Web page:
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Specifying security secondary glazing...have you considered the bigger picture...


Secondary Glazing in Practice


security secondary glazing

To create bespoke, high quality secondary glazing for characterful Listed properties is no easy task and there are a whole multitude of things to consider; however with security products, the list of items to check gets more complex. Scenario: The owners of a desirable property at high risk of physical attack decide to strengthen or replace the front door with a high performing security one and fit an alarm system but do nothing to enhance vulnerable windows. A determined intruder will easily overcome the traditional windows and gain entry before the alarm has had an effect. Hinged casement heavy duty domestic The bigger picture The windows can be discreetly strengthened using secondary glazing which is almost always acceptable to conservation officers. A reputable provider should be consulted at the earliest stage of design as possible. This will help minimise any potential issues or discrepancies with the specification of the specialist units. When providing products to reach standard test criteria for blast mitigation, physical attack, bullet resistance and fire ratings; every aspect of the item has to be enhanced to withstand the loads and forces it is put under during ‘attack’. This especially applies to secondary glazing as it acts as the main barrier to entry in a great deal of cases, with the old time-worn original windows and frames, providing little protection to the building. Not only is it just the windows which suffer from years of beatings from the elements, but the fabric of the building itself – plaster work can become fragile and brickwork lose and damaged, which can all effect the integrity of a good security specification which is fit for purpose. To meet project requirements, provide confidence in the products and to ensure products pass to relevant ISO or LPS standards, frames are enhanced and strengthened, as well as the use of specialist glass and if the windows are large the weight can be quite considerable. So what are some of the things to be considered?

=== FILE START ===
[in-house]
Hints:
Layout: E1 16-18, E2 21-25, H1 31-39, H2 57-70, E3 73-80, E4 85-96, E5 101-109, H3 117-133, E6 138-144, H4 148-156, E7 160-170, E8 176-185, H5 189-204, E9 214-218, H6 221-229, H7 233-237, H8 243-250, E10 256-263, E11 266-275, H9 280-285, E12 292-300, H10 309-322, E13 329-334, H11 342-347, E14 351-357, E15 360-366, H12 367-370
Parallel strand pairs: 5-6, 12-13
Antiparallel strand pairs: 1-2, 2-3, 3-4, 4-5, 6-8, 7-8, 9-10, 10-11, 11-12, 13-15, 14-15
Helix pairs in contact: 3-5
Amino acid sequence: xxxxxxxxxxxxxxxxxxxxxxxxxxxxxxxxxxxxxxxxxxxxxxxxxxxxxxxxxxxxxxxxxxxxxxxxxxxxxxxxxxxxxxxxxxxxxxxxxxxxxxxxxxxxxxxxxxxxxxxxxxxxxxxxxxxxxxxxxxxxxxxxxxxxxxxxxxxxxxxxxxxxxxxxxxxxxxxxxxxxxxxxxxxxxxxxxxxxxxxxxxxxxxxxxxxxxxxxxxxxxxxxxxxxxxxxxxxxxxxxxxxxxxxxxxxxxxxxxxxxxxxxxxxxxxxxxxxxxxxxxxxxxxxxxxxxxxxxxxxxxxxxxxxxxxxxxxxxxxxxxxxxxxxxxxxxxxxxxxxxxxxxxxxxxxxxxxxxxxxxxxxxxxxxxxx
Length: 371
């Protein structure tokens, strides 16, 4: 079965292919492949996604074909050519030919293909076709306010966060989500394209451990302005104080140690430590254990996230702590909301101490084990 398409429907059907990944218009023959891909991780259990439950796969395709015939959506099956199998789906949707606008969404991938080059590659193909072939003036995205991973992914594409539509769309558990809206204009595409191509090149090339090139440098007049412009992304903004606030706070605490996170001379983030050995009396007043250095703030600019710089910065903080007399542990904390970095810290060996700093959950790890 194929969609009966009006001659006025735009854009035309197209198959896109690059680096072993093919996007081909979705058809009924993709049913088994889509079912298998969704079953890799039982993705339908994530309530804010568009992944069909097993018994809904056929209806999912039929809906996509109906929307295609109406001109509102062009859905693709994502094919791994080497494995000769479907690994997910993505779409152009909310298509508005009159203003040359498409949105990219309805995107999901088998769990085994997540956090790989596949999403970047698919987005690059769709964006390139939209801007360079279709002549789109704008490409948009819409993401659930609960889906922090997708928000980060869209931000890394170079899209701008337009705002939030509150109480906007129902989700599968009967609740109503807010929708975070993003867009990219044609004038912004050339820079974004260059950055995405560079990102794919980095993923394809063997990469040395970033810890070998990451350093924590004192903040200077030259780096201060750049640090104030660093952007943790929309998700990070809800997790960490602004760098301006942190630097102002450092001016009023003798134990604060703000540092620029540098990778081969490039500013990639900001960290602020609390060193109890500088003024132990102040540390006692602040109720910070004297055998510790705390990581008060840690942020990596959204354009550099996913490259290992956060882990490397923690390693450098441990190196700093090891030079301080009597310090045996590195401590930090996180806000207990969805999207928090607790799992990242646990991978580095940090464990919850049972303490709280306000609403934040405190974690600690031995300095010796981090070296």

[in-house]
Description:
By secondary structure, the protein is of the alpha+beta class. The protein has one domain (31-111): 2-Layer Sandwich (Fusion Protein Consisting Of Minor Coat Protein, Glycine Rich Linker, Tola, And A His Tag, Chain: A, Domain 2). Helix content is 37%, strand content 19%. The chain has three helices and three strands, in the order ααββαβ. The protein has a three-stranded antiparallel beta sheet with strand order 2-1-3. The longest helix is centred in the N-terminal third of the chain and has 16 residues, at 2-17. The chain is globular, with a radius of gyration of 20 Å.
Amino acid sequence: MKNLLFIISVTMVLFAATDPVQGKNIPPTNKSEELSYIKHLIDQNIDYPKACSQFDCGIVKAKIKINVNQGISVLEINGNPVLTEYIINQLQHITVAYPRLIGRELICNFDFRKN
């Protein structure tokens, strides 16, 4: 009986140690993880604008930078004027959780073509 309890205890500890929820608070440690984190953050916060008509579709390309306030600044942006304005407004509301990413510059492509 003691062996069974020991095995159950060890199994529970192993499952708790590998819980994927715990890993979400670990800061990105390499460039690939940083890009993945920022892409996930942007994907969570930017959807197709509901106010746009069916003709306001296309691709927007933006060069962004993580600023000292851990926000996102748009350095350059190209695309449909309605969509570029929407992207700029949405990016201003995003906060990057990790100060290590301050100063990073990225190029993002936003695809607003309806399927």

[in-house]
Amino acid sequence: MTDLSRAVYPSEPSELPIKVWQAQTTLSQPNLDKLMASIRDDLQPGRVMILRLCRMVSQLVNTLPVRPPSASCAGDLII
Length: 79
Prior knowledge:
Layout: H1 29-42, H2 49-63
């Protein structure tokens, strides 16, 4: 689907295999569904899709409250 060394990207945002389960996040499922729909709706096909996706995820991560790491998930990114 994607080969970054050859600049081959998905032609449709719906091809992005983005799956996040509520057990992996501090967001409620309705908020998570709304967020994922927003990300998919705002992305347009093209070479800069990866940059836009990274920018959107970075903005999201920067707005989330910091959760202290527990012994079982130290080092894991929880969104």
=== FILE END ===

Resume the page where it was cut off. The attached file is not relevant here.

The finer details

1. The right product to suit the level and type of risk a. Risk identified – what level and type of security needs to be implemented to mitigate the identified risk? b. Product certification – does the manufacturer have test evidence to substantiate claims of what their products can achieve. This will be required for insurance purposes and to provide  confidence and peace of mind in their performance c. Product range - Does the vendor have suitable frames that provide the level of security and also match the existing sightlines to complement the original glazing d. Glass and locking – Each level and type of security will have specialist requirements on each component of the frame – does the manufacturer you wish to specify have all the options to meet the required design 2. Weight of the products As already mentioned, enhanced security secondary glazing can be extremely weighty, so this can have an effect on some other aspects of the project: a. Load bearing walls – are the walls in a fit state and strong enough to take the weight of the units b. Installation – what is access like to install the units? Is specialist equipment required to help manoeuvre and lift the units into place to be fitted 3. Fixing/Installation a. Secure anchor points – does the wall need reinforcing to provide strong secure fixing points, ensuring the units are robust in the event of an ‘attack’ Selectaglaze has fifty years’ experience in designing, specifying and installing secondary glazing. In a continual process of research and development, Selectaglaze has developed the most comprehensive range of security secondary glazing products which are independently tested and certified. Selectaglaze bespoke security units are manufactured in-house and installed by our own, specialist installers. As a company we are proud of our proven track record in creating the level of security specified irrespective of the challenges posed by the original fabric of a building.